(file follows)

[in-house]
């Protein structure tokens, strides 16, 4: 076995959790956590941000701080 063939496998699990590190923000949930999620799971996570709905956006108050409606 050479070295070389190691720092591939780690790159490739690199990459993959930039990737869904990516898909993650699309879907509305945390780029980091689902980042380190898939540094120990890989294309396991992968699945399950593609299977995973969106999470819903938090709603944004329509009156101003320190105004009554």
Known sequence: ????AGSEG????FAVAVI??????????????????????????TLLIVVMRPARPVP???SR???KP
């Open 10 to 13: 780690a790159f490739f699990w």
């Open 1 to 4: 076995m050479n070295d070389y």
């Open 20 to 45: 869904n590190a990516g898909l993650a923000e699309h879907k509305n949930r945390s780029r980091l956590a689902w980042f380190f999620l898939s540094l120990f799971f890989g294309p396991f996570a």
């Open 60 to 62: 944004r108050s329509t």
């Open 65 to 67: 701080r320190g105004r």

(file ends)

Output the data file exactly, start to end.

[in-house]
């Protein structure tokens, strides 16, 4: 076995959790956590941000701080 063939496998699990590190923000949930999620799971996570709905956006108050409606 050479070295070389190691720092591939780690790159490739690199990459993959930039990737869904990516898909993650699309879907509305945390780029980091689902980042380190898939540094120990890989294309396991992968699945399950593609299977995973969106999470819903938090709603944004329509009156101003320190105004009554």
Known sequence: ????AGSEG????FAVAVI??????????????????????????TLLIVVMRPARPVP???SR???KP
């Open 10 to 13: 780690a790159f490739f699990w």
């Open 1 to 4: 076995m050479n070295d070389y």
């Open 20 to 45: 869904n590190a990516g898909l993650a923000e699309h879907k509305n949930r945390s780029r980091l956590a689902w980042f380190f999620l898939s540094l120990f799971f890989g294309p396991f996570a």
């Open 60 to 62: 944004r108050s329509t």
């Open 65 to 67: 701080r320190g105004r």